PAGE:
Category Archives: Uncategorized

Forging a different path leading to global action to save lives and improve livelihoods

Written on September 18, 2021 at 8:54 pm, by

I’ve never been particularly comfortable talking about myself or the work that I do, which in many respects makes me an unusual champion for this cause. One of the reasons why I avoid social gatherings is my unease at having to explain to people I meet what I do, and why I do it. Of  Continue Reading »

My snakebite origins in a rural pastoralist community in Kenya

Written on September 17, 2021 at 1:41 pm, by

I am medical officer working in a rural pastoralist community in Baringo County, Kenya. I first came across snakebite cases during my pre-registration internship in 2012. Having grown up in the capital city of Kenya, Nairobi, I was intrigued that in fact snakebite was a public health issue. I was further shocked to find that  Continue Reading »

I really like snakes and now it’s a dream come true

Written on September 17, 2021 at 2:08 am, by

My story is as simple as, “I really like snakes”. I grew up in a part of the world with very few reptile species, let alone anything venomous. Instead, I fed my interest with childhood TV programmes like Crocodile Hunter and Kratt’s Creatures. As I grew older, I accepted that I would never make a  Continue Reading »

From a fascination to specialization

Written on September 17, 2021 at 12:48 am, by

In my years doing fieldwork, some people in rural communities have taught me that negative attitudes towards snakes can be diminished as they discover fascinating aspects of these reptiles’ natural history. Early on my career as a biologist, this fascination also led me to pursue a specialization in the study of venomous animals, their toxins  Continue Reading »

When passion becomes work, work becomes a hobby

Written on September 16, 2021 at 10:32 pm, by

My name is Naoual Oukkache and I specialize in venomous animals and their venoms. There are about 500,000 venomous animal species on earth (snakes, scorpions, spiders, bees, wasps, sea anemones, urchins, marine snails to name a few). Each species has a different venom, aiming at prey capture and defense. While one may think the venom  Continue Reading »

Why I chose a life in snakebite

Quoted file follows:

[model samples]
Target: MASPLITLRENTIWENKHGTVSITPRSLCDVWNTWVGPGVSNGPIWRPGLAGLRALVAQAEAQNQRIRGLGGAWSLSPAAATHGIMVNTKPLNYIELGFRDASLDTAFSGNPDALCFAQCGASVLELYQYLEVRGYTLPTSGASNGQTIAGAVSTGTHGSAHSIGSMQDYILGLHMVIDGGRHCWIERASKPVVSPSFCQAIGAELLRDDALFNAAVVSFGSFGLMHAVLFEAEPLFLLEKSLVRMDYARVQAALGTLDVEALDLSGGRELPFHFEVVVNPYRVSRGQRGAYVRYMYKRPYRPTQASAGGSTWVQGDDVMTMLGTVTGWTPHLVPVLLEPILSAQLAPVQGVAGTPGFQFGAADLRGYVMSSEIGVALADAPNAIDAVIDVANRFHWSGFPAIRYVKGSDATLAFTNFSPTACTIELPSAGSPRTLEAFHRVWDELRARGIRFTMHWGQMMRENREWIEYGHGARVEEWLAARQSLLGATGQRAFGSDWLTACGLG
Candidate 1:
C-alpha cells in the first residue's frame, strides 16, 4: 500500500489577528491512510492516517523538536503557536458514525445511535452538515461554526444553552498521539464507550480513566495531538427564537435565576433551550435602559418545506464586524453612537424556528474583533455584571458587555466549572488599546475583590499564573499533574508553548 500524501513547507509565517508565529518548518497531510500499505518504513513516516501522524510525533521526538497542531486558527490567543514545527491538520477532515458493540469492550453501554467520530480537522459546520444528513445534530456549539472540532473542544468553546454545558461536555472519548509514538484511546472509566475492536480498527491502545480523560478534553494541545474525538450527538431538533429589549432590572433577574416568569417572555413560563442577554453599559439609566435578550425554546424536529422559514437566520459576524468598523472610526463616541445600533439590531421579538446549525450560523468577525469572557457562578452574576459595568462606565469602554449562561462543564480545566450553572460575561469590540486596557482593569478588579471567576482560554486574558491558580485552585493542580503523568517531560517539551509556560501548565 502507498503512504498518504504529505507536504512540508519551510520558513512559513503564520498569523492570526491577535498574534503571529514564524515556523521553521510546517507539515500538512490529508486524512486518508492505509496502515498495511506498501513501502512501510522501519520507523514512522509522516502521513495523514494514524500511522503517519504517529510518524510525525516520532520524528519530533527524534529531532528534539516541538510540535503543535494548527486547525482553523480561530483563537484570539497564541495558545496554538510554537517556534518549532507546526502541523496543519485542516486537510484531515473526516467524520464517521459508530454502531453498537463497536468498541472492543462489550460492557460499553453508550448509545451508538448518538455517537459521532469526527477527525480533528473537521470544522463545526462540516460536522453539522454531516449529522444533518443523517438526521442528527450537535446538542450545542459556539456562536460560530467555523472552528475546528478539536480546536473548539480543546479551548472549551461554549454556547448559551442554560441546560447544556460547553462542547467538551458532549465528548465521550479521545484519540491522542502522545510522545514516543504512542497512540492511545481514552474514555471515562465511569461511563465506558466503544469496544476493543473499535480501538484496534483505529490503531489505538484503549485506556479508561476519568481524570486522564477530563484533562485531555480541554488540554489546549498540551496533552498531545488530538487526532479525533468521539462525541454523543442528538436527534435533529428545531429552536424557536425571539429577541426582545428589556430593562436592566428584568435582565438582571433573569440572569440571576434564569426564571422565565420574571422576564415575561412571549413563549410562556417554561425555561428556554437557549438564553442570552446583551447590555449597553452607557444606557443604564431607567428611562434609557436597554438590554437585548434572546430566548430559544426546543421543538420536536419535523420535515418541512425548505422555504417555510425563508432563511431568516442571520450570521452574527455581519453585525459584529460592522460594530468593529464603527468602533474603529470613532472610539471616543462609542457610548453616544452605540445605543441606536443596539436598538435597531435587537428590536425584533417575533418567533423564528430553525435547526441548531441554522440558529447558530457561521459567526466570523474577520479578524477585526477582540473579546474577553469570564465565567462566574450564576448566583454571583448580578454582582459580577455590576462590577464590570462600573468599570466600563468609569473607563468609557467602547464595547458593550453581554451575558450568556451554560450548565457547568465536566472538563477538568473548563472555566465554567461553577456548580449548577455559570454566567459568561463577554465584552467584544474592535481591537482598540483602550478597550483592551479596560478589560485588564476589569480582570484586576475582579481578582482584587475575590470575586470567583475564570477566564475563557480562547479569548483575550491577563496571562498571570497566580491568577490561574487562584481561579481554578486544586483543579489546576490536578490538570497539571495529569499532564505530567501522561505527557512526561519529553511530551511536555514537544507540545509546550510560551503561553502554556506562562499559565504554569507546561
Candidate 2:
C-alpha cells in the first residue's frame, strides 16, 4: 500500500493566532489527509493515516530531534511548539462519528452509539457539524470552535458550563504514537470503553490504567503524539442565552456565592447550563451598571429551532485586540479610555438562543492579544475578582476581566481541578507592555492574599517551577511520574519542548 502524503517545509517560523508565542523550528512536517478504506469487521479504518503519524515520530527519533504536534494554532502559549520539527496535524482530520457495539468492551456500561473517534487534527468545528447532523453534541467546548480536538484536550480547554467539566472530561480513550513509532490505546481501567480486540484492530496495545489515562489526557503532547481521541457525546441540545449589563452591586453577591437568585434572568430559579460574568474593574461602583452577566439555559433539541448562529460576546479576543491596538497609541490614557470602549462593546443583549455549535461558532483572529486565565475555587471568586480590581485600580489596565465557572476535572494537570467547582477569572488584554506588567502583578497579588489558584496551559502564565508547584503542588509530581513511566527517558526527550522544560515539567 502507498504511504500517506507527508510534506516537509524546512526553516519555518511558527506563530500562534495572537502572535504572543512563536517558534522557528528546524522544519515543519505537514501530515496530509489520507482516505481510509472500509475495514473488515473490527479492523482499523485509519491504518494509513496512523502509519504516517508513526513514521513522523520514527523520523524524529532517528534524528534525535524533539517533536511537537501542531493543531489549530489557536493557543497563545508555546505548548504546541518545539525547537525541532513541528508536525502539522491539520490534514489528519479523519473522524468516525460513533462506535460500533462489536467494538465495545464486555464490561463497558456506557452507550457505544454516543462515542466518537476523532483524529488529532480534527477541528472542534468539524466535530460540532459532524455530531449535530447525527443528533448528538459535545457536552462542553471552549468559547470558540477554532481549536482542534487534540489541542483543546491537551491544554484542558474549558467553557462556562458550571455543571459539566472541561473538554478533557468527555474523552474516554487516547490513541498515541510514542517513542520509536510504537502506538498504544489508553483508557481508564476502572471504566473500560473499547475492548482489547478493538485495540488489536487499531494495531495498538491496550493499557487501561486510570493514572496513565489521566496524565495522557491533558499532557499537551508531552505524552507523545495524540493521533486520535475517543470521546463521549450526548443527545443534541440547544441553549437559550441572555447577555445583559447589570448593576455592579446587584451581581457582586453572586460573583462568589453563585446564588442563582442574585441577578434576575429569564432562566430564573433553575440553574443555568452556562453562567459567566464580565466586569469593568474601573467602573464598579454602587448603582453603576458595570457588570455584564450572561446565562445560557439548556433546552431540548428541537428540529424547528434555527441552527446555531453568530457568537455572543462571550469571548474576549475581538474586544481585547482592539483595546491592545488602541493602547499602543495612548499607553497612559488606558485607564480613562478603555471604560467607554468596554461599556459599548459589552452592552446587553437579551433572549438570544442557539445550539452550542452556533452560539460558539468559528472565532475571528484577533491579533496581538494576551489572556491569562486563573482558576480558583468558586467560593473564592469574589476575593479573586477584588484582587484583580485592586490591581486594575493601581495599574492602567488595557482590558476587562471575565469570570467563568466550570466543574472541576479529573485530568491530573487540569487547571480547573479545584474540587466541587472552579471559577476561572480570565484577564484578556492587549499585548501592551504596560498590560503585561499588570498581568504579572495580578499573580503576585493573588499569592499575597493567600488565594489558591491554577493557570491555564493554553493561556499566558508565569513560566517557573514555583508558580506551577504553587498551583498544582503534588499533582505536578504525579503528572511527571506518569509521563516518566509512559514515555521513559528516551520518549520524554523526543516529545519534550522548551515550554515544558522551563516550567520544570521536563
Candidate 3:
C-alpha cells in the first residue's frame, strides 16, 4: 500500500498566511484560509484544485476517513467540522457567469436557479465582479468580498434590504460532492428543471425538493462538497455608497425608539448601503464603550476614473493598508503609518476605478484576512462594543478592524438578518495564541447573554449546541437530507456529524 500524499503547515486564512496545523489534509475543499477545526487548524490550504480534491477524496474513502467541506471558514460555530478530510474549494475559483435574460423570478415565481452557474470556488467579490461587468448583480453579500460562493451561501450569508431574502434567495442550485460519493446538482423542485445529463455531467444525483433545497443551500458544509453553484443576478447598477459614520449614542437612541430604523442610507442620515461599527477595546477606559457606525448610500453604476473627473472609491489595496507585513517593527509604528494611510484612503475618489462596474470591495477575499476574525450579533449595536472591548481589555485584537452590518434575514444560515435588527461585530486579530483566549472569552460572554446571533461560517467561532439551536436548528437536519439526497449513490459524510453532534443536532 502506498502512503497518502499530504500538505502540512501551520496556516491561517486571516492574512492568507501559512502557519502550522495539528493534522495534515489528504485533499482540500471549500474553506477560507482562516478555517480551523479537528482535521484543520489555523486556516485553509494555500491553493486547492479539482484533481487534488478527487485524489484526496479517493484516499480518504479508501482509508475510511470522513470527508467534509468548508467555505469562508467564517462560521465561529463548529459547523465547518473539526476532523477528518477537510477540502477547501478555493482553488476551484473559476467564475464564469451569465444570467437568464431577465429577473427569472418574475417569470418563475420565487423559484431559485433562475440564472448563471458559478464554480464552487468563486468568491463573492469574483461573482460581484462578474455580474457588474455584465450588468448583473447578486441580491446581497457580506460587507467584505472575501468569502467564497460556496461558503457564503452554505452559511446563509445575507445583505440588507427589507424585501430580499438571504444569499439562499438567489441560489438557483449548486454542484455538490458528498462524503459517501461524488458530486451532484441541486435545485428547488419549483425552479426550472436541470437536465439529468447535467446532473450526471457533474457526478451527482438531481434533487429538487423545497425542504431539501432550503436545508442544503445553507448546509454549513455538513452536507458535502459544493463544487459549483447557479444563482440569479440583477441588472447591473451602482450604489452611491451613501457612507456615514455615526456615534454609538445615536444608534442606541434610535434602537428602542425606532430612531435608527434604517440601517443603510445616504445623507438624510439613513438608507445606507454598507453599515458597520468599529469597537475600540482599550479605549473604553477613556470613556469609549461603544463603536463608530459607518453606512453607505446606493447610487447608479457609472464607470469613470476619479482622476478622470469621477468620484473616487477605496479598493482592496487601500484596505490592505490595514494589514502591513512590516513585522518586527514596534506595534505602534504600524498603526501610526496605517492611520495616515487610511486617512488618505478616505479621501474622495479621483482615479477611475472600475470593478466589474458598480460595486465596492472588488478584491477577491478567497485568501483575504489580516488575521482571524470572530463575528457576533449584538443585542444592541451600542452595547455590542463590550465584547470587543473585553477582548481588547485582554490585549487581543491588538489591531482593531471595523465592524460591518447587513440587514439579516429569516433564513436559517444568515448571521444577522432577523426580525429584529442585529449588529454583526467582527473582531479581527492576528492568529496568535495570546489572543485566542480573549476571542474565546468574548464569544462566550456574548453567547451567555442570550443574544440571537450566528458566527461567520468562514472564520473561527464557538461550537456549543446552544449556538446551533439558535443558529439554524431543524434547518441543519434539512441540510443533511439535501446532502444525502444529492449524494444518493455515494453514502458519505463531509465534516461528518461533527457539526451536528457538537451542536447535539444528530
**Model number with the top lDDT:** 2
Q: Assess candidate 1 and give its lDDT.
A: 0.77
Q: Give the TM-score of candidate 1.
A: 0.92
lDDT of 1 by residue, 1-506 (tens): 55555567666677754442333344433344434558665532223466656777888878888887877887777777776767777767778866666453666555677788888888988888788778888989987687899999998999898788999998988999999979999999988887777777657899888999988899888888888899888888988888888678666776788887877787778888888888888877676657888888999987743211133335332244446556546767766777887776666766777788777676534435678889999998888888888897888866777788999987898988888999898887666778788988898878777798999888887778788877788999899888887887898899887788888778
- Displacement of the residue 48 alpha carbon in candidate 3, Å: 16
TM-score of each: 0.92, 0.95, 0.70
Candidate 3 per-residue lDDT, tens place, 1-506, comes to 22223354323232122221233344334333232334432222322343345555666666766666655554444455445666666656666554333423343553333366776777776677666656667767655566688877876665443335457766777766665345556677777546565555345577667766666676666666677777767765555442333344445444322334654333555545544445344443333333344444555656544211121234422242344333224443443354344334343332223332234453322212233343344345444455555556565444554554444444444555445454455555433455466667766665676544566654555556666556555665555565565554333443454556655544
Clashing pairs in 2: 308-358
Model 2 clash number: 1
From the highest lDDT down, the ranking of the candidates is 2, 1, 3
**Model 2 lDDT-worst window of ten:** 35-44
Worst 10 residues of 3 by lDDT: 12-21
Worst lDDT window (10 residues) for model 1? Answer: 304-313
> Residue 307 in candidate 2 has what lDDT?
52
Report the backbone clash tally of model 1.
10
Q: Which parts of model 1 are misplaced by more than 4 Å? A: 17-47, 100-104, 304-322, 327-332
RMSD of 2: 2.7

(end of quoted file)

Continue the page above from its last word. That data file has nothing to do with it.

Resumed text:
Written on September 16, 2021 at 10:05 pm, by

My love and fascination for snakes is something that has remained with me from my early teens to this moment of me typing this note. It was during my college years that I got my first exposure to wildlife through ARRS in 2016. As a volunteer at ARRS i got the first chance of holding  Continue Reading »

The early cases I witnessed that guided my work

Written on September 16, 2021 at 9:49 pm, by

I received my PhD from the University of Newcastle upon Tyne, UK in 1993 based on research on ‘Neuromuscular effects of the venom of Russell’s viper. On return, I joined Chattogram Medical College in Chattogram, Bangladesh in August 1993. On the 2nd day of work, I came across a pregnant women admitted with profound neurotoxicity  Continue Reading »

Traditional healers can contribute to improve health outcomes of snakebite victims.

Written on September 16, 2021 at 9:03 pm, by

Blog: Snakebite is a disease that leaves significant sequelae and many cases go unnoticed because they do not result in fatal consequences. In tropical rural regions where more than 95% of global cases are recorded, many survivors continue to suffer various long-term physical and psychosocial disabilities. However, the effects of these sequelae on the quality  Continue Reading »

A career inspired by the memory of my uncle

Written on September 16, 2021 at 8:16 pm, by

My uncle was bitten by a snake in 2015. We took him to a local herbalist who claims to have had the treatment for snakebite. He treated my uncle for one week with herbs and it looked as if my uncle was better. We returned home, but after two days, my uncle became worse-off. Despite  Continue Reading »

Contributing to the perception of snakes in my community

Written on September 16, 2021 at 7:44 pm, by

As a veterinarian, I wanted to contribute to the perception of snakes in my community. The majority of Kenyan residents are pre-conditioned to kill snakes upon confrontation, this is mainly due to the devastating consequences that result from venomous bites causing disabilities, chronic conditions and ultimately death. Hence, snakes are considered as “bad” for humans.  Continue Reading »